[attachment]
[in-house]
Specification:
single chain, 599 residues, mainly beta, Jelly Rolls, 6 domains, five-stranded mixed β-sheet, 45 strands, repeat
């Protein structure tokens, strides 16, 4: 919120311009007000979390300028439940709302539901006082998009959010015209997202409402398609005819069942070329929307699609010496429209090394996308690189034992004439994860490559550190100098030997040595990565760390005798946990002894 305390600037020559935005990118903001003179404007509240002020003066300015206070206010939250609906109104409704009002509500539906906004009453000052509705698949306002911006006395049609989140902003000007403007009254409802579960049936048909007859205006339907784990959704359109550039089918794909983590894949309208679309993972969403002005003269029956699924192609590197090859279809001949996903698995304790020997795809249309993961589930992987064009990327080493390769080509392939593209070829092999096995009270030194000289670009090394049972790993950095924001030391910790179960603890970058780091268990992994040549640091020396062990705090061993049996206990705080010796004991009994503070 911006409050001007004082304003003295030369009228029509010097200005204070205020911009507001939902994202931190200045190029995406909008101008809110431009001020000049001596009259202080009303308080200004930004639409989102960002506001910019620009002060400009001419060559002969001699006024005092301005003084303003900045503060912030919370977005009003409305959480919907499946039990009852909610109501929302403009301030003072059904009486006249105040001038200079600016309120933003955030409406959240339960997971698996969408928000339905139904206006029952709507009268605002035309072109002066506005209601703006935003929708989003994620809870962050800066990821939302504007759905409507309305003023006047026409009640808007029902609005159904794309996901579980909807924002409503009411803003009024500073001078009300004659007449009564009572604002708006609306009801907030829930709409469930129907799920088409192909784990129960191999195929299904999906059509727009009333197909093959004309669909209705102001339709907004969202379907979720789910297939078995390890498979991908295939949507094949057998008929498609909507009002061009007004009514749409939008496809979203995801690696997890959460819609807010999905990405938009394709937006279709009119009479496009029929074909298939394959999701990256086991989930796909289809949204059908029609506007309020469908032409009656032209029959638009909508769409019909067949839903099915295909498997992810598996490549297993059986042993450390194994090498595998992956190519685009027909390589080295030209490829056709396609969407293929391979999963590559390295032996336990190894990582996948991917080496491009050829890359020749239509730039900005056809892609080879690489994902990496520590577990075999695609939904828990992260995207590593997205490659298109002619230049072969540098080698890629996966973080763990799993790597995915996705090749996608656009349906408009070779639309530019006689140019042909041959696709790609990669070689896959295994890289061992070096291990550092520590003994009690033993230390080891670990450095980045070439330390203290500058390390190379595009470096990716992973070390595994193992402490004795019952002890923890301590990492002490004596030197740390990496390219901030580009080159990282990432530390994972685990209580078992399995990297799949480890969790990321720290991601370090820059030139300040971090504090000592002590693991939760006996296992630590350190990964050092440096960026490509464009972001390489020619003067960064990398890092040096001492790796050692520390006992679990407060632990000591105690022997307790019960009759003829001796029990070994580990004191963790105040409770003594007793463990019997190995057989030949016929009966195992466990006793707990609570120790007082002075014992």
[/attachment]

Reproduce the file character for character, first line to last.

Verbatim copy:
[in-house]
Specification:
single chain, 599 residues, mainly beta, Jelly Rolls, 6 domains, five-stranded mixed β-sheet, 45 strands, repeat
């Protein structure tokens, strides 16, 4: 919120311009007000979390300028439940709302539901006082998009959010015209997202409402398609005819069942070329929307699609010496429209090394996308690189034992004439994860490559550190100098030997040595990565760390005798946990002894 305390600037020559935005990118903001003179404007509240002020003066300015206070206010939250609906109104409704009002509500539906906004009453000052509705698949306002911006006395049609989140902003000007403007009254409802579960049936048909007859205006339907784990959704359109550039089918794909983590894949309208679309993972969403002005003269029956699924192609590197090859279809001949996903698995304790020997795809249309993961589930992987064009990327080493390769080509392939593209070829092999096995009270030194000289670009090394049972790993950095924001030391910790179960603890970058780091268990992994040549640091020396062990705090061993049996206990705080010796004991009994503070 911006409050001007004082304003003295030369009228029509010097200005204070205020911009507001939902994202931190200045190029995406909008101008809110431009001020000049001596009259202080009303308080200004930004639409989102960002506001910019620009002060400009001419060559002969001699006024005092301005003084303003900045503060912030919370977005009003409305959480919907499946039990009852909610109501929302403009301030003072059904009486006249105040001038200079600016309120933003955030409406959240339960997971698996969408928000339905139904206006029952709507009268605002035309072109002066506005209601703006935003929708989003994620809870962050800066990821939302504007759905409507309305003023006047026409009640808007029902609005159904794309996901579980909807924002409503009411803003009024500073001078009300004659007449009564009572604002708006609306009801907030829930709409469930129907799920088409192909784990129960191999195929299904999906059509727009009333197909093959004309669909209705102001339709907004969202379907979720789910297939078995390890498979991908295939949507094949057998008929498609909507009002061009007004009514749409939008496809979203995801690696997890959460819609807010999905990405938009394709937006279709009119009479496009029929074909298939394959999701990256086991989930796909289809949204059908029609506007309020469908032409009656032209029959638009909508769409019909067949839903099915295909498997992810598996490549297993059986042993450390194994090498595998992956190519685009027909390589080295030209490829056709396609969407293929391979999963590559390295032996336990190894990582996948991917080496491009050829890359020749239509730039900005056809892609080879690489994902990496520590577990075999695609939904828990992260995207590593997205490659298109002619230049072969540098080698890629996966973080763990799993790597995915996705090749996608656009349906408009070779639309530019006689140019042909041959696709790609990669070689896959295994890289061992070096291990550092520590003994009690033993230390080891670990450095980045070439330390203290500058390390190379595009470096990716992973070390595994193992402490004795019952002890923890301590990492002490004596030197740390990496390219901030580009080159990282990432530390994972685990209580078992399995990297799949480890969790990321720290991601370090820059030139300040971090504090000592002590693991939760006996296992630590350190990964050092440096960026490509464009972001390489020619003067960064990398890092040096001492790796050692520390006992679990407060632990000591105690022997307790019960009759003829001796029990070994580990004191963790105040409770003594007793463990019997190995057989030949016929009966195992466990006793707990609570120790007082002075014992």